The night time offers a wealth of opportunity and intrigue in almost any country, but when I'm somewhere where my understanding of the language extends to just a handful of phrases and disconnected words, I find it all the more enthralling. Marrakech genuinely quickens the pulse and widens the eyes by night, with the famous Jemaa El-Fnaa as its wildly arrhythmic beating heart.
After a day of perfectly idle wandering and preparing for my journey to Essaouira, I sat up on the roof terrace, ordered atay, read the ending of Alex Garland’s The Beach and waited for sunset.
During this time, a Dutch woman and a Belgian man sat near to me and started to talk about a range of subjects. Most of their discussion was centred around the regular banalities of two travellers who don’t know each other well and clearly don’t have a great deal in common.
Shortly before sunset, the Belgian man caught my attention as he started to regale his newfound friend with quotes from the Quran taken both out of their religious and historical context, and all of which seemed to centre around the killing of polytheists.
I was initially a little shocked, but less so by the chosen topic, but because just moments before the man had been explaining how he’d been learning Arabic and had taken the time to read the Quran. The saddest irony was that his diatribe continued, to my annoyance, through the adhan for the maghrib prayers. He may have not have been either an Islamophobe or xenophobe, but he did his best to present himself as one.
I had to use a fair amount of willpower to resist joining in as what is arguably one of the most beautiful moments in the medina was disturbed by his ramblings. I remembered that I was on holiday and arguing with ignorant tourists mightn’t be the best idea.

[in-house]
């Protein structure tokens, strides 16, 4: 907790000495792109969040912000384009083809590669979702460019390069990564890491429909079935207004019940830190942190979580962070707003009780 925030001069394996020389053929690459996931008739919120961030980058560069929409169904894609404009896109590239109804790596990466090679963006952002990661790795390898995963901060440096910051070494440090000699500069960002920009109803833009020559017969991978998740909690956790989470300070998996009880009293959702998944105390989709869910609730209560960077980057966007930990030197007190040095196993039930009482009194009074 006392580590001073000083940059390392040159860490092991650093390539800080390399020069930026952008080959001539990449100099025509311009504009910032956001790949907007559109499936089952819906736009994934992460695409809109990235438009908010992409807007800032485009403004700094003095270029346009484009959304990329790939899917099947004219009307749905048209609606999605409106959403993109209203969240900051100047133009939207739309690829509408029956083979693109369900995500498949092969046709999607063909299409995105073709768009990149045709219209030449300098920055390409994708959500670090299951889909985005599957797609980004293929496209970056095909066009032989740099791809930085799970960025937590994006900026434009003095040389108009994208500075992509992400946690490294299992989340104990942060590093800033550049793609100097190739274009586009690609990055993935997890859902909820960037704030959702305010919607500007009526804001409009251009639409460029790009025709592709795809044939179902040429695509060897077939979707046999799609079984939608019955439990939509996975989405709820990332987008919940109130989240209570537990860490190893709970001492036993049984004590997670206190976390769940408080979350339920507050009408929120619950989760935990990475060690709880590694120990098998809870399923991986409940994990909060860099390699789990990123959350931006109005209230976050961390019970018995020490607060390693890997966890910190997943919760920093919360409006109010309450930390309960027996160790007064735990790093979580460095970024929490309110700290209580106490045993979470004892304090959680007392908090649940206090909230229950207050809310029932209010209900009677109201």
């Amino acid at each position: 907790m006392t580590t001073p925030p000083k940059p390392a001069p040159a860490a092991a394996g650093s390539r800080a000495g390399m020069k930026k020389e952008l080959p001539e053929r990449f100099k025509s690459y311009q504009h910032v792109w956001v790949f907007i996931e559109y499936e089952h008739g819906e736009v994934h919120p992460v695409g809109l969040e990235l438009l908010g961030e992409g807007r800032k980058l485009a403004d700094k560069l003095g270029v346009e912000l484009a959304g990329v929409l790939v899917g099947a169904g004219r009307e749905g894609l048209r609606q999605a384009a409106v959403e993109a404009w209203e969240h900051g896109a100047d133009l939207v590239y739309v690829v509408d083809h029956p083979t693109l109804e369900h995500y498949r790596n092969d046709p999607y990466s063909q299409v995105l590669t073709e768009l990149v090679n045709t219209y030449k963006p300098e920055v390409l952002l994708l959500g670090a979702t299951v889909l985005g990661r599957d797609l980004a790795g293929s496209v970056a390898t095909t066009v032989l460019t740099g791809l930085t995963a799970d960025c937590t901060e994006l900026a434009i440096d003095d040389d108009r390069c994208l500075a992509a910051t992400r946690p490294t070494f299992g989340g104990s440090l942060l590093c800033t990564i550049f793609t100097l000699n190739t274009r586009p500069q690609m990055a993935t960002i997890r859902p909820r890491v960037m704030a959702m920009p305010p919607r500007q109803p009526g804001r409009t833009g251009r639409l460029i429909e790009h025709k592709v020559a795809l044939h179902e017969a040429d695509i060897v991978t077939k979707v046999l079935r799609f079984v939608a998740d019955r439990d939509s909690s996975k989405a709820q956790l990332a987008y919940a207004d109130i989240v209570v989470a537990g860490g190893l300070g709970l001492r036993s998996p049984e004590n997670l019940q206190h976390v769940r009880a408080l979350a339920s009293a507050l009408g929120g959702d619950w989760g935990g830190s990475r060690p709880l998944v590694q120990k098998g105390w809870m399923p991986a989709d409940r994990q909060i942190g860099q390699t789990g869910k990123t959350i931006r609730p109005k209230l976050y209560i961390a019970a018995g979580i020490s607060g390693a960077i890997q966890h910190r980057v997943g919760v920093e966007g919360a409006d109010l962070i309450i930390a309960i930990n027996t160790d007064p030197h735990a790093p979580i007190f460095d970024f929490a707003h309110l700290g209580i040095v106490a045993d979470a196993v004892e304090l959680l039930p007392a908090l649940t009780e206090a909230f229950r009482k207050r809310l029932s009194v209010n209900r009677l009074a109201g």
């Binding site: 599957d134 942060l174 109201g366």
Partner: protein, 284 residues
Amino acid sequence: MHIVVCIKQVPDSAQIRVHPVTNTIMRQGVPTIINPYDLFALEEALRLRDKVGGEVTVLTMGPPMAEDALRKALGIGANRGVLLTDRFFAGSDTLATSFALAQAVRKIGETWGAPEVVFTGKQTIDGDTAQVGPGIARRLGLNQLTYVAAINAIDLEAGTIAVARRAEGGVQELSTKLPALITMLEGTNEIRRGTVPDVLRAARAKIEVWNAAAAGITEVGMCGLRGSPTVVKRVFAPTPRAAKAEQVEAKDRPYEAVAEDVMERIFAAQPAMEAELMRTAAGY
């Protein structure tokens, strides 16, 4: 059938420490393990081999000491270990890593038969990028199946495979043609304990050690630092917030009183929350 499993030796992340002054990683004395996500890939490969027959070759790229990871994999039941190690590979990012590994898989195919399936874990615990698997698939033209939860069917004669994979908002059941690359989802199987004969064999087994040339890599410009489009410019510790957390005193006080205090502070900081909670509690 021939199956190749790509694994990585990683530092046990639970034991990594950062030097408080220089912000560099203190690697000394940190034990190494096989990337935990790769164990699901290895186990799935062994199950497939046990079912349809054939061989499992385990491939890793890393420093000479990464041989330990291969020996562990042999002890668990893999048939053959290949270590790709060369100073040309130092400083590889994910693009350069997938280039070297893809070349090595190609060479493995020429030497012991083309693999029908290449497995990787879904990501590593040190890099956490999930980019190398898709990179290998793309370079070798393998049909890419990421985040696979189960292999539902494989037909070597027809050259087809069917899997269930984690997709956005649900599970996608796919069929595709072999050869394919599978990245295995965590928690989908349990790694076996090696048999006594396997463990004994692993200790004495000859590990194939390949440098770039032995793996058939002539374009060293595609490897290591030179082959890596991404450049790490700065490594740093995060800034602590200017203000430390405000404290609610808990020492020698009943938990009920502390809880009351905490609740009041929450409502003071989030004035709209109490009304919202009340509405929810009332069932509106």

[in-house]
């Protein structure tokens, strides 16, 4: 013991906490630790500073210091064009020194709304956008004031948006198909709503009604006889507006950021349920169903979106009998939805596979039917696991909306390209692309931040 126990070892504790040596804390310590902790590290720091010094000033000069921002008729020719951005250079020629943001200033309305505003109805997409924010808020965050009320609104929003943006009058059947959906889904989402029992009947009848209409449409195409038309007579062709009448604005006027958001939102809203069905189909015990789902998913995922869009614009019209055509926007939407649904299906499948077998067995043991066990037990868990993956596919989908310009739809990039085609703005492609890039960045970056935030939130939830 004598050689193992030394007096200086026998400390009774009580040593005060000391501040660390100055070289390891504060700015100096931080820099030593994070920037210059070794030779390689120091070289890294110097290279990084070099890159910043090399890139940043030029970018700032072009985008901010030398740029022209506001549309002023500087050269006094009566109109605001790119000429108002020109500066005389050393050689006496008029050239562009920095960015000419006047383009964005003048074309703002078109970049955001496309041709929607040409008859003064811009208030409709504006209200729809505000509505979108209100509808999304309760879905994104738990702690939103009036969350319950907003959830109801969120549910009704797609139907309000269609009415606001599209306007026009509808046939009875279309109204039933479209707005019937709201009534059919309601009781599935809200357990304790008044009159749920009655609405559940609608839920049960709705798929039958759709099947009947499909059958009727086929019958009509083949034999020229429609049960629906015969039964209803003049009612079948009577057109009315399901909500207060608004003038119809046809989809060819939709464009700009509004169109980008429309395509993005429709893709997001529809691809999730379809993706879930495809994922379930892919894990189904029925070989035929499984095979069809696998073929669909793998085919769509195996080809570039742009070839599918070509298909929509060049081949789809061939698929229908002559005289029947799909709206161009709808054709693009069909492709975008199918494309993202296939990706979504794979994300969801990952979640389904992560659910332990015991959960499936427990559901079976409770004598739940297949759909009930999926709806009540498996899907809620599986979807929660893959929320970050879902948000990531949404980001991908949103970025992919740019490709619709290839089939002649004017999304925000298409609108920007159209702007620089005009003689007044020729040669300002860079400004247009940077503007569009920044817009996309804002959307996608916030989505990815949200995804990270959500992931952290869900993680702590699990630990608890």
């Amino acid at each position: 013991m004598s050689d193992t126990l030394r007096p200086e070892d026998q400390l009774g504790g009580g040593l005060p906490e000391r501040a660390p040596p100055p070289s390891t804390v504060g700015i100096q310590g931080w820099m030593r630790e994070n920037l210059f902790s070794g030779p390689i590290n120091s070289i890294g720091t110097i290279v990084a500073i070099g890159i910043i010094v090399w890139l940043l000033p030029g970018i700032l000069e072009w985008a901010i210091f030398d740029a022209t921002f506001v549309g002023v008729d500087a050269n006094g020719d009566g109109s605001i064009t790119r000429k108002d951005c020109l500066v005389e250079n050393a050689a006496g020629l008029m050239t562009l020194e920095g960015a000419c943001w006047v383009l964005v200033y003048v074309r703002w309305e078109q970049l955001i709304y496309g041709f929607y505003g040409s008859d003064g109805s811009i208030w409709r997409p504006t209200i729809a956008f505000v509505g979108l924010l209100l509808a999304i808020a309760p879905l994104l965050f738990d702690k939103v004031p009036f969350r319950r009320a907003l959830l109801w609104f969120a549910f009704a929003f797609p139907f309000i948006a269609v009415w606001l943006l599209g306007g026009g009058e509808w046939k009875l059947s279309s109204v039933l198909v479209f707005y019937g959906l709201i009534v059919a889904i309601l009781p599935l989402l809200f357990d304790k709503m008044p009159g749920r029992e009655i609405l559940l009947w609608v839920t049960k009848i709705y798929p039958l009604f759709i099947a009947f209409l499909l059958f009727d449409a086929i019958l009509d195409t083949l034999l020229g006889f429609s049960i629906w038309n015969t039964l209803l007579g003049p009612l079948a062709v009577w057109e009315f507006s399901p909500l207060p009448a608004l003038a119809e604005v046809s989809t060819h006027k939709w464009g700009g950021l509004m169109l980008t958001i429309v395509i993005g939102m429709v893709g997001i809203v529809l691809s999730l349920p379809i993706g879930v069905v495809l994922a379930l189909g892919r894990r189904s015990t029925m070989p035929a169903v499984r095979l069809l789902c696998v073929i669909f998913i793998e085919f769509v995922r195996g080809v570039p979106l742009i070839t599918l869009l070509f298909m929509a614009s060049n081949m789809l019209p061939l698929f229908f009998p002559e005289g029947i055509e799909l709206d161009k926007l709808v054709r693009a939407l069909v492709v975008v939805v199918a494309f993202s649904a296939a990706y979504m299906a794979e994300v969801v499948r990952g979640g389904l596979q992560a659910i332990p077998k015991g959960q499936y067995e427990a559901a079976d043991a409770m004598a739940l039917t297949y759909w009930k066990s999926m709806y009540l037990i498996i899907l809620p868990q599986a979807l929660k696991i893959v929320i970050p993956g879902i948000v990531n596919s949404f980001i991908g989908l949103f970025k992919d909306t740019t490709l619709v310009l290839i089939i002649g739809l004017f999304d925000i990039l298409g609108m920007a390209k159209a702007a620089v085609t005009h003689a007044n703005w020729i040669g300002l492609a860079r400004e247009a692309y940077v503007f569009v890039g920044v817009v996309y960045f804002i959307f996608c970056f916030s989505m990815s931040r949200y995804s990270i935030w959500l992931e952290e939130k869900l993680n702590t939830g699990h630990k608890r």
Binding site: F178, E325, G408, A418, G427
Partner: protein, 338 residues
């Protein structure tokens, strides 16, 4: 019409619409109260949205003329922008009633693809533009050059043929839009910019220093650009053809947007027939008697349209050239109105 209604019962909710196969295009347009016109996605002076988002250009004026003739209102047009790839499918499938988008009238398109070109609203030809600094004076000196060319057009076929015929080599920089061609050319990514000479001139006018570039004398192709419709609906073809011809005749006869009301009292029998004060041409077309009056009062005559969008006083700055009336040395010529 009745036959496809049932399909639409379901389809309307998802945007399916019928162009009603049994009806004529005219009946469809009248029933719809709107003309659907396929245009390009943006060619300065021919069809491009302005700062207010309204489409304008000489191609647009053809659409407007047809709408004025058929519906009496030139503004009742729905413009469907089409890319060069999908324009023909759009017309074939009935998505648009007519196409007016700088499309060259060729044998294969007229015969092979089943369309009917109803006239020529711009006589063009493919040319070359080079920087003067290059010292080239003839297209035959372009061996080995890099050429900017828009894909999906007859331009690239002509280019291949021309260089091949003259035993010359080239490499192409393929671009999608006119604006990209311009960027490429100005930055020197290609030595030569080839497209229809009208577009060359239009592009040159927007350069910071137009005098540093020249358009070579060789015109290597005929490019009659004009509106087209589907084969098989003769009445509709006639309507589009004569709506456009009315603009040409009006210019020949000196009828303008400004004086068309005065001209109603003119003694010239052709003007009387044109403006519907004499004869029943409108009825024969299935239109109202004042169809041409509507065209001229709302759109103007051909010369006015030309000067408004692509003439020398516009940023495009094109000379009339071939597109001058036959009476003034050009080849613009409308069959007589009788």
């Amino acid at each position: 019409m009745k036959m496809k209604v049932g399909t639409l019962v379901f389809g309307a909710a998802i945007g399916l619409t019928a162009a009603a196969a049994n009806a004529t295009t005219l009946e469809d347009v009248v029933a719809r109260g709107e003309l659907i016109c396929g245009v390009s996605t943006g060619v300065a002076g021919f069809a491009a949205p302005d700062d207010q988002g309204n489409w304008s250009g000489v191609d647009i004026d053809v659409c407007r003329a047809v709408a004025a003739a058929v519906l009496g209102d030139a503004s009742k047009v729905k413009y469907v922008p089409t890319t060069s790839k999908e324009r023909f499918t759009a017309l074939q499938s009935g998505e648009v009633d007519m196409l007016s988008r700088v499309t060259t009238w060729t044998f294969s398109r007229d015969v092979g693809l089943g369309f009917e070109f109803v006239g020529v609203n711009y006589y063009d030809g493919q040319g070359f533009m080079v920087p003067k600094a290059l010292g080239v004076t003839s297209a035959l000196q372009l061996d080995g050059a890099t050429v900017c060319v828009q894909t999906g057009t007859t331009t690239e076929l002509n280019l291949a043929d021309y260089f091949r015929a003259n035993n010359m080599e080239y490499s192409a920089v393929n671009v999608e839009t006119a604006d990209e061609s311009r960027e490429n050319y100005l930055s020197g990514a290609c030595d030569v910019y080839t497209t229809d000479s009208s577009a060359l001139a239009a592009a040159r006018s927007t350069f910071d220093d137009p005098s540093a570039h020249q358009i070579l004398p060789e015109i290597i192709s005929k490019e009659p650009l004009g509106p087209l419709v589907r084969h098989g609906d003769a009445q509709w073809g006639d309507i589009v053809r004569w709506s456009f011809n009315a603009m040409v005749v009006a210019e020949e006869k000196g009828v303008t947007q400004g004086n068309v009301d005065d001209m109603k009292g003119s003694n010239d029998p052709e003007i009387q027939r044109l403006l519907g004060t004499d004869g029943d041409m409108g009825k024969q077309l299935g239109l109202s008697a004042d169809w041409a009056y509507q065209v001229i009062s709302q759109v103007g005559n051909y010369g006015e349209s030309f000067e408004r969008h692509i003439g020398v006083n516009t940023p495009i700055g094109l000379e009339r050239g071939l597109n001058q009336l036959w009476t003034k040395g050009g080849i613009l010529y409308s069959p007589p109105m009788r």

Furthermore, his telling of these stories about the Quran seemed to be some strange flirting ritual, in the same way that boys tells stories to scare the girls they like at Primary School.
After about twenty minutes, the Dutch woman, who had been pretty silent save for the occasional moments of noncommittal back channelling, could be seen visibly tiring of the topic.
“Sorry, I am boring you?” the man asked.
“Not at all,” the woman said through a stifled yawn.
Continuing to ignore the cues, he carried on for another 10 minutes before they both retired from the rooftop, finally leaving me in peace to enjoy the warm darkness of the medina air.
Returning to the dorm, a new arrival was lying on one of the top bunks.
Marissa, was a Canadian devised theatre teacher and, despite her fatigue, soon became animated when recounting her travels from Italy to Morocco.
After chatting for a little while about education, I headed out to find food. Very quickly I replayed a bit of the conversation that we’d just had.
“The souks are magical by night as everything is so brightly illuminated,” I had said.
“I’m not ready for walking around for walking the souks alone at night,” she had replied.
I returned to the dorm, told her where I was going and she decided to come along for a brief walk, through the medina alleyways and souks, to the Jemaa El-Fnaa for food and street entertainment.
Once we were amongst the golden glow of the nighttime lamp shops, dress shops, piles of multicoloured spices and hanging rugs, Marissa became even more animated, although her tiredness had started to affect her ability to speak.
We wandered around the square for a while, taking in: Adil the One Man Band, who seemed to have an instrument attached to every conceivable part of him; a number of Gnawa musicians, both young and old, with their hypnotic strains and revolving lineup of musicians as the endless songs continued; and something not too dissimilar to “Hook a Duck”, where punters had to get a ring over the neck of a 2 litre bottle of Fanta, using a wooden rod and a length of string.
All across the haze of smoke from the multitudinous grills, small huddles of people could be seen around snake charmers, monkeys, storytellers and henna artists. Barely a square foot of space was visible beneath the gentle ebb and flow of promenading feet.
A couple of tajines later at the Toubkal, a favourite café from a previous visit, and a slow amble back through the now rapidly-closing souks, we were back the hostel for a night of listening to other people snoring and trying to be quiet whilst walking in and out of the rooms.
I should have given the entertainment on Jemaa El-Fnaa a chance sooner.
Gnawa music by night is perhaps one of the simplest and most enjoyable ways to fall into a hypnotic trance.